Sy Hersh is at it again. Speaking before a friendly audience at McGill University in Toronto, The New Yorker contributor took his own swipe at U.S. troops, saying there "has never been an American Army as violent and murderous as our army in Iraq."
To support his assertion, Mr. Hersh "described" video he has viewed that allegedly shows American soldiers murdering a group of Iraqi civilians playing soccer. In his own words:
“Three U.S. armed vehicles, eight soldiers in each, are driving through a village, passing candy out to kids,” he began. “Suddenly the first vehicle explodes, and there are soldiers screaming. Sixteen soldiers come out of the other vehicles, and they do what they’re told to do, which is look for running people.”
“Never mind that the bomb was detonated by remote control,” Hersh continued. “[The soldiers] open up fire; [the] cameras show it was a soccer game.”
“About ten minutes later, [the soldiers] begin dragging bodies together, and they drop weapons there. It was reported as 20 or 30 insurgents killed that day,” he said.
Readers will note that there are only a few details missing from Mr. Hersh's sensational account. Where did the incident take place? When did it occur? What American unit was involved? Who were the soldiers who allegedly committed these atrocities? Who provided the video, and most importantly, why hasn't he gotten around to writing a story on this incident, and why hasn't it been reported to the proper authorities?
Oh right. As Hersh explained a bit later in his lecture, the U.S. government is essesntially controlled by "eight or nine neocon cultists," so I'm guessing that Don Rumsfeld (who's probably part of the cabal) wouldn't believe his accusations. Still, there ought to be someone he could trust to investigate the claims.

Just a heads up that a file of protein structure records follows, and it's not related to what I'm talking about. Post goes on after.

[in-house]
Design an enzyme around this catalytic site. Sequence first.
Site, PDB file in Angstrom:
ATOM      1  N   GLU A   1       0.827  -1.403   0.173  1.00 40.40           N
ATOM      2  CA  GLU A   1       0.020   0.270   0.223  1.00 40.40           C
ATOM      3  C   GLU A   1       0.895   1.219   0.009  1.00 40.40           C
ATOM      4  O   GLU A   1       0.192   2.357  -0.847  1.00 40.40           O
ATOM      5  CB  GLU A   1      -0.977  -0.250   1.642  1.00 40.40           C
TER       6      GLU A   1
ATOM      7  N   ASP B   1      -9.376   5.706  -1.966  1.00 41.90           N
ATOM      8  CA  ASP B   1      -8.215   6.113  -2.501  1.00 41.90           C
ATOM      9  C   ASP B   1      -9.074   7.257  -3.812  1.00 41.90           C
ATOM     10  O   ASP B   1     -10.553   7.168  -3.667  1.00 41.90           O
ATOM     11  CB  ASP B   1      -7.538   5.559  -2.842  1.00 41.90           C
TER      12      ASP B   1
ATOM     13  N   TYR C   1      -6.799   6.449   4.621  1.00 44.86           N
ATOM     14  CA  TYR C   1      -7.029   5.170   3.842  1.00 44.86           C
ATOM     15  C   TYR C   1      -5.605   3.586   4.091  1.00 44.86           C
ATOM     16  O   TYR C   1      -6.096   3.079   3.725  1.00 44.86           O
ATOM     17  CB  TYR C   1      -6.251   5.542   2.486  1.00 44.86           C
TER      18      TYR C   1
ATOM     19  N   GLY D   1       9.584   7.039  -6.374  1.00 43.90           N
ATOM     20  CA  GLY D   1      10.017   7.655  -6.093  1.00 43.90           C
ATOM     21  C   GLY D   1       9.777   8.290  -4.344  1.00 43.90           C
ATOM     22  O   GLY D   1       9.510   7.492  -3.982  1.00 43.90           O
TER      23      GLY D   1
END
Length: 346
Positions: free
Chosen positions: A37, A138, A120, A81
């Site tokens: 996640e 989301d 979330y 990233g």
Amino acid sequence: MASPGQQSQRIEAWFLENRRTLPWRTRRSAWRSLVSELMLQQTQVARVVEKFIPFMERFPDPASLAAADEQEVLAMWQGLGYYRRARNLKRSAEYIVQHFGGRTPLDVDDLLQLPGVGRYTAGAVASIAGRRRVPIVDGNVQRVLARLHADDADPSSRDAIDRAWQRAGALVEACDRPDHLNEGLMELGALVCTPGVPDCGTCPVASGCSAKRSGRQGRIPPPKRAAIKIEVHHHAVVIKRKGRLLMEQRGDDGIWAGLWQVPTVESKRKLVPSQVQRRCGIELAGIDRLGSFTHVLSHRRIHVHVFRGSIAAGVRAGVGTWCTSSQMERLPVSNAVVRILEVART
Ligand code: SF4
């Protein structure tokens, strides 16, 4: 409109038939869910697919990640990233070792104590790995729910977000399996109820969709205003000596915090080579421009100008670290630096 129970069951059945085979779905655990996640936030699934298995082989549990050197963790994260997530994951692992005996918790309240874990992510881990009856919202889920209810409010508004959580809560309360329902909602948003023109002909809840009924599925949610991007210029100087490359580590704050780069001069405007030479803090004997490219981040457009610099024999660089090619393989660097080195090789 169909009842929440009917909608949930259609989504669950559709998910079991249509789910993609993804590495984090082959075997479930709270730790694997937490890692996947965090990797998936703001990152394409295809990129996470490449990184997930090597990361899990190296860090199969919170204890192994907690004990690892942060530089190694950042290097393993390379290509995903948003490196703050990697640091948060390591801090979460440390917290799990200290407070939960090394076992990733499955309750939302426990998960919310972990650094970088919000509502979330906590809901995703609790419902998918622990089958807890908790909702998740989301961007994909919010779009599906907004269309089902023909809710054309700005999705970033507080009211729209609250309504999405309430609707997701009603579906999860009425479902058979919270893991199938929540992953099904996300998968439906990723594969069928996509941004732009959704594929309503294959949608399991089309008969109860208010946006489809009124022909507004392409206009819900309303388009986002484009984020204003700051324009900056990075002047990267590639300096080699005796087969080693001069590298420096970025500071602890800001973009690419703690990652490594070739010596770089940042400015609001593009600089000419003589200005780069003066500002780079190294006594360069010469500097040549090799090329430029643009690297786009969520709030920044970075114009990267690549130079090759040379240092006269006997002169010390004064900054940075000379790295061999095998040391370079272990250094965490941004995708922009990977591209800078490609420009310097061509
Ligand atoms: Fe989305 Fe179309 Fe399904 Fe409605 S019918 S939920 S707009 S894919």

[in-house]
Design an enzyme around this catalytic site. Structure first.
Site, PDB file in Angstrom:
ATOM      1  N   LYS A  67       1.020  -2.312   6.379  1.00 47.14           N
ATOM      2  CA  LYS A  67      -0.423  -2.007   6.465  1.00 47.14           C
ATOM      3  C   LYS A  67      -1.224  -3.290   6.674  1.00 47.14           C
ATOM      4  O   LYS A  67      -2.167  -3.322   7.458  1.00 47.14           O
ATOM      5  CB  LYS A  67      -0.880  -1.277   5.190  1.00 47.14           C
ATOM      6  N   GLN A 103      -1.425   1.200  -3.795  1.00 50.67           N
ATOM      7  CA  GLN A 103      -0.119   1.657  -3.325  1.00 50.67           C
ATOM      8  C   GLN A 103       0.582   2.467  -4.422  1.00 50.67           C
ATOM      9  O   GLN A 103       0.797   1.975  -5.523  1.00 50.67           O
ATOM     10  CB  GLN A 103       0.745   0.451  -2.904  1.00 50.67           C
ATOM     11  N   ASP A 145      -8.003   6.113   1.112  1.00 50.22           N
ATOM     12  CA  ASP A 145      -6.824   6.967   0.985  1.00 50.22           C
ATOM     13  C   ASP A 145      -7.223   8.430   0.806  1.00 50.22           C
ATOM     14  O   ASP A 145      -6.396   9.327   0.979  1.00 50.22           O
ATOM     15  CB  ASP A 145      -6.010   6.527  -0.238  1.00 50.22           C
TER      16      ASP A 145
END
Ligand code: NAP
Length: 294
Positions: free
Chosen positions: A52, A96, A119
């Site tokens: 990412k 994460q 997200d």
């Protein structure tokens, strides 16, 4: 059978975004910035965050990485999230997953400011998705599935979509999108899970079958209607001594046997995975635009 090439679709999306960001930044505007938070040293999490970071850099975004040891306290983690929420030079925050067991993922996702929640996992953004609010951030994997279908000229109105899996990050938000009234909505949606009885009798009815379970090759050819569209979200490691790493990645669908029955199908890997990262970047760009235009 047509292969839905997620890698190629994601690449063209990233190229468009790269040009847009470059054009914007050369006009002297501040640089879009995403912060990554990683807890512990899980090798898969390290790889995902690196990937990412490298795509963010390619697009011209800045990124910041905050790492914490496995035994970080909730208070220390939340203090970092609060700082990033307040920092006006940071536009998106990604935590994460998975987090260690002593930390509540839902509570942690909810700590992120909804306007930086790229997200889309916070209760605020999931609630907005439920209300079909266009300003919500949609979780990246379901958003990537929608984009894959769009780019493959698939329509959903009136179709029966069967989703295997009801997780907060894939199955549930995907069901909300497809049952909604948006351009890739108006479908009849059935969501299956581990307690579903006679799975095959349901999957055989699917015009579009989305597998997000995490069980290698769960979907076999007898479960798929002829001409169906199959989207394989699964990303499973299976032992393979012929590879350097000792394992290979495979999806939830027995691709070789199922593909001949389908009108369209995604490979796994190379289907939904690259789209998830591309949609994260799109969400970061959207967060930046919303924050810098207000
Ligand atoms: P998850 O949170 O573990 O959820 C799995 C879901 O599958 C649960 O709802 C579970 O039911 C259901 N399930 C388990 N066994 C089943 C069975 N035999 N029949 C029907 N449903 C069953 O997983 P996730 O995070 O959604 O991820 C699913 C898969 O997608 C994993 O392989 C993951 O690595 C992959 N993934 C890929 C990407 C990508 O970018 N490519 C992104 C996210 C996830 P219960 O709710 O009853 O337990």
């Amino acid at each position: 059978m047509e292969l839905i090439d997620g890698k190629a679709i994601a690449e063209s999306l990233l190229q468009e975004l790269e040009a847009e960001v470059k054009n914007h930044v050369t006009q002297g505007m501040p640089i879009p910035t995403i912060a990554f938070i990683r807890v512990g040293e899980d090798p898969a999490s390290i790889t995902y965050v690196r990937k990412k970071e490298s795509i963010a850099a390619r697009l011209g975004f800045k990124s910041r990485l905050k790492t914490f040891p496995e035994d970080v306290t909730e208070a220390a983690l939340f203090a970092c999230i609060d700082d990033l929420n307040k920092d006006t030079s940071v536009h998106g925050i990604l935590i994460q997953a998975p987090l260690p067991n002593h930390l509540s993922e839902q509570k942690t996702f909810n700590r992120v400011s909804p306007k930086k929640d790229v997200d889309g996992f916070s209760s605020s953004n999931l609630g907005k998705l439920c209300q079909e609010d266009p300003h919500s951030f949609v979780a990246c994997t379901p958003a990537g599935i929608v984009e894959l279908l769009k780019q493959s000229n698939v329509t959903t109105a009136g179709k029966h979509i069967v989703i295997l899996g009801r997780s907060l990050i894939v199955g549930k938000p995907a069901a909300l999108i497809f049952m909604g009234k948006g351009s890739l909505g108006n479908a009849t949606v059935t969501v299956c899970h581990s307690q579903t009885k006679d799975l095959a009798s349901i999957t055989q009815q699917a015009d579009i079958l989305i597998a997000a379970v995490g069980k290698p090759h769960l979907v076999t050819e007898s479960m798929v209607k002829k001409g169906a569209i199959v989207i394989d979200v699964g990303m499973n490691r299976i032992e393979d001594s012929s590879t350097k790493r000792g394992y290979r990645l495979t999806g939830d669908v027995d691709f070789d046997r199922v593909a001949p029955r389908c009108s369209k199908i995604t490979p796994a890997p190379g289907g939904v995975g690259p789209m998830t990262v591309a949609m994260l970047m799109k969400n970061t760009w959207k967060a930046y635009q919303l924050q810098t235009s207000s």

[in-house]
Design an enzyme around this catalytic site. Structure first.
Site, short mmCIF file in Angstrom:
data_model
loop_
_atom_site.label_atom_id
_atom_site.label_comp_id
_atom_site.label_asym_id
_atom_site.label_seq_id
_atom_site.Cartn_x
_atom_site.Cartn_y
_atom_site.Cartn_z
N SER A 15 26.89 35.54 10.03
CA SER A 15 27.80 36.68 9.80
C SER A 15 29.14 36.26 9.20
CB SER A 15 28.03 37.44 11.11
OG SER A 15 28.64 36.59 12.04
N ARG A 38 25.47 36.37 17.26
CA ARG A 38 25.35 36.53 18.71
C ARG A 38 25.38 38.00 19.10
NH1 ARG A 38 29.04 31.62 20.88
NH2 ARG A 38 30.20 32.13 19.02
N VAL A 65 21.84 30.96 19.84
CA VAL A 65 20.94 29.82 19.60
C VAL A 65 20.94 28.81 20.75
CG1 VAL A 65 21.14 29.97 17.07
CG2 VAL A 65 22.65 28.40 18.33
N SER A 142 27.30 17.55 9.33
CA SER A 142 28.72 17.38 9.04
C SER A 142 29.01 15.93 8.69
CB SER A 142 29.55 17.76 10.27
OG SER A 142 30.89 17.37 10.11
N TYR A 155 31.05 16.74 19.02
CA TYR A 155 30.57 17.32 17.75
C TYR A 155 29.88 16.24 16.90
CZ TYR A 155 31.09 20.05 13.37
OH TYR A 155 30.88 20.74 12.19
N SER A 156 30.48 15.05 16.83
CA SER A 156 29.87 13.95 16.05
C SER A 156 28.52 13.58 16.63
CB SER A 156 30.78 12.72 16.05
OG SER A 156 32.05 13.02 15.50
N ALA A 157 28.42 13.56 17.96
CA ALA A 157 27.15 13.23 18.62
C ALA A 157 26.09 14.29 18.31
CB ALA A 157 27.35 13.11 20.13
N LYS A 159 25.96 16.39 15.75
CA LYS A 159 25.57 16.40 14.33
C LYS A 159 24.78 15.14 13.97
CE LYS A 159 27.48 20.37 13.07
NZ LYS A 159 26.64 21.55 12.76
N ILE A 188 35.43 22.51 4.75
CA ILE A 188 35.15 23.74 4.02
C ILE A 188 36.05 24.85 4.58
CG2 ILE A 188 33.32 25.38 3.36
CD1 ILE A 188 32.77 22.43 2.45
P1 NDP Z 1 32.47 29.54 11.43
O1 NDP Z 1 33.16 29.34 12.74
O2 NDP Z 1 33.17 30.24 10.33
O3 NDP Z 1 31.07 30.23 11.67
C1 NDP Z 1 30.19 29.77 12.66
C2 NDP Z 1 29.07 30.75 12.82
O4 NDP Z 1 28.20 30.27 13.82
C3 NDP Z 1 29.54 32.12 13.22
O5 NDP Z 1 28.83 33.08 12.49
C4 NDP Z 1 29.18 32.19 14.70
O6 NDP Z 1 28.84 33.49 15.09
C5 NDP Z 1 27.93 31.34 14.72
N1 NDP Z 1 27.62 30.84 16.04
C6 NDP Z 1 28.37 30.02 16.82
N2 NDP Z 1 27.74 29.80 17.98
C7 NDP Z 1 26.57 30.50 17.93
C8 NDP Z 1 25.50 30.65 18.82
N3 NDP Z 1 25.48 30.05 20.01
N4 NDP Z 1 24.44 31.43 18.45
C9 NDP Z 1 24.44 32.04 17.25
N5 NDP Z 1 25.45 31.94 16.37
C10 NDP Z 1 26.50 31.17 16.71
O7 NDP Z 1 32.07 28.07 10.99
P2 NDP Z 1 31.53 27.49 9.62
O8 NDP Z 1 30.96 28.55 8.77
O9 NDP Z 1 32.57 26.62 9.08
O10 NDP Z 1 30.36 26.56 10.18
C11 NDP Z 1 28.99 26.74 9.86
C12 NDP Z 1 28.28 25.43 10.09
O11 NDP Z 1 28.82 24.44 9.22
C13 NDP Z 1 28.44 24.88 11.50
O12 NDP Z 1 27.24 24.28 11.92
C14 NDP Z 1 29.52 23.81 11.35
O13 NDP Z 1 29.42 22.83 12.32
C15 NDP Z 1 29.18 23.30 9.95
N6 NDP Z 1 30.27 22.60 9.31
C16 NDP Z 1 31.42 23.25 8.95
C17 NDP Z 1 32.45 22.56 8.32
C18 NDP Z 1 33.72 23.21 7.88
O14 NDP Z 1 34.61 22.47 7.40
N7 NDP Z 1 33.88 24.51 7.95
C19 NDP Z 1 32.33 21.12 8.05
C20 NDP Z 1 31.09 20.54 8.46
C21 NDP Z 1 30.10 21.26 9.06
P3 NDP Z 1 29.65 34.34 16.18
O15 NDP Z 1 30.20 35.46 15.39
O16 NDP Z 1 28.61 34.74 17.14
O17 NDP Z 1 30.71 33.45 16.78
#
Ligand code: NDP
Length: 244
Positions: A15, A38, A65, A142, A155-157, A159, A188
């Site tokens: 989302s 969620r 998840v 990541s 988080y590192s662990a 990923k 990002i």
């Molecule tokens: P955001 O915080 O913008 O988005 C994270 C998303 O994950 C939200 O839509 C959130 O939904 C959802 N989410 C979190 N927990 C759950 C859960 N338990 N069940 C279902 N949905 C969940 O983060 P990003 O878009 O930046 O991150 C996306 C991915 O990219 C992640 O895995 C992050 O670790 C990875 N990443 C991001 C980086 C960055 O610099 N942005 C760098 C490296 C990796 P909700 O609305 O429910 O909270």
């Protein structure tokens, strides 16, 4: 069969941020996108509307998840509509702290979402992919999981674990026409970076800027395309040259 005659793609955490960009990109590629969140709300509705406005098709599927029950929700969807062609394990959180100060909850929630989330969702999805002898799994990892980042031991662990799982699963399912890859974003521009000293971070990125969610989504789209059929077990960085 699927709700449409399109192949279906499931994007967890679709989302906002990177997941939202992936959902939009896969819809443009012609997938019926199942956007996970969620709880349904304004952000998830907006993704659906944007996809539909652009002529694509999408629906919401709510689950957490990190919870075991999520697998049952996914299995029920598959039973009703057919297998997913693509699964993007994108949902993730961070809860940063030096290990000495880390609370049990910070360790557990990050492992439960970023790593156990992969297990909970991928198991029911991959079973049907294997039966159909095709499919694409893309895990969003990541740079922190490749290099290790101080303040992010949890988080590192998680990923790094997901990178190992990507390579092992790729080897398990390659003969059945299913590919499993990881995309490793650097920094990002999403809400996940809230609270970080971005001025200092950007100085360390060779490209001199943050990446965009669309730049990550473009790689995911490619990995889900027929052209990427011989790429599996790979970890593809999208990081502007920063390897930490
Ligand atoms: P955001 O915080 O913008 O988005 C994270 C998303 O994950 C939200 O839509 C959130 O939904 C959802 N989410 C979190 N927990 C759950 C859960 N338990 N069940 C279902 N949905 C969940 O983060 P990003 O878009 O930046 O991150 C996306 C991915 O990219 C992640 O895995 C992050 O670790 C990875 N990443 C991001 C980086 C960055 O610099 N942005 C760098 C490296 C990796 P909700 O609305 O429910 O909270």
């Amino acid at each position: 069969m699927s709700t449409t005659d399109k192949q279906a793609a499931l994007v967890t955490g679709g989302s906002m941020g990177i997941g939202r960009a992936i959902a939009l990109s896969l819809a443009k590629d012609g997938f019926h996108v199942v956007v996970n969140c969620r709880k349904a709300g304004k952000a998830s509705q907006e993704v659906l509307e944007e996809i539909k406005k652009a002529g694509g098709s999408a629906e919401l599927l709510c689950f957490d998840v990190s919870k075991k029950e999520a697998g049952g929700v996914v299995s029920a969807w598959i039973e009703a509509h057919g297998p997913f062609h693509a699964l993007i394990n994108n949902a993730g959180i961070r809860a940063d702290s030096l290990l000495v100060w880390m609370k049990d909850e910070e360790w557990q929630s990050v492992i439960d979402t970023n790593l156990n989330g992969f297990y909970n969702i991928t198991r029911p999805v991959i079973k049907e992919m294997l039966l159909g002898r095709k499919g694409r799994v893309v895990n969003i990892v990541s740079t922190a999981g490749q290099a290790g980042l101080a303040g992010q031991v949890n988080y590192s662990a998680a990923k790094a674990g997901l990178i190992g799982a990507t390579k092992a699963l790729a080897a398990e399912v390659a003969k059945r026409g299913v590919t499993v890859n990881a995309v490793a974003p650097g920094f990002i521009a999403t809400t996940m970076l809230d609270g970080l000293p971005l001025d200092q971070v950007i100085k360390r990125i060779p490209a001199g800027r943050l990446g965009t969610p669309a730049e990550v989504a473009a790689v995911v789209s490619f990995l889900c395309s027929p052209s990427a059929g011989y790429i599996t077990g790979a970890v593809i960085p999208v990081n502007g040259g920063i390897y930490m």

Not that Mr. Hersh hasn't distorted the facts in the past. In fact, he has admitted At an ACLU convention in 2004, he alleged that Iraqi prisoners had been sexually tortured at Abu Ghraib, and charged that the atrocities had been recorded with video records and still cameras. Hersh subsequently modified the story, claiming (at one point) that U.S. troops were involved in the incidents. Later, he changed the narrative again, saying he had read a witness statement from Abu Ghraib which alleged that a contract interpreter raped an Iraqi boy while a woman took pictures."
So, what actually happened, Sy? The photographic evidence never materialized, and the atrocities have never been independently confirmed. The same holds true for another alleged massacre, which reportedly occurred in a village between Baghdad and the Syrian border (a rather large piece of real estate). According to Mr. Hersh, U.S. troops were ordered to "clear" the village and responded by killing 36 local residents.
Hersh apparently hasn't written about any of these incidents, or (if he has), the stories never passed muster with the fact checkers or the legal department at The New Yorker. But on the lecuture circuit, there's no need to let the facts get in the way of an incredible story, especially when it offers the opportunity to take another shot at the hated Bush Administration.
The burden of proof should be the same for Seymour Hersh as it is for any journalist. Put up or shut up. If he has irrefutable proof of these atrocities, fine, publish it and let the chips fall where they may. Otherwise, quit masquerading as the serious journalist who "exposed" the My Lai massacre and get a blog like everyone else. But come to think of it, the standards of proof are actually higher in the blogosphere, so Hersh is better off on the lecture circuit, and in the pages of The New Yorker.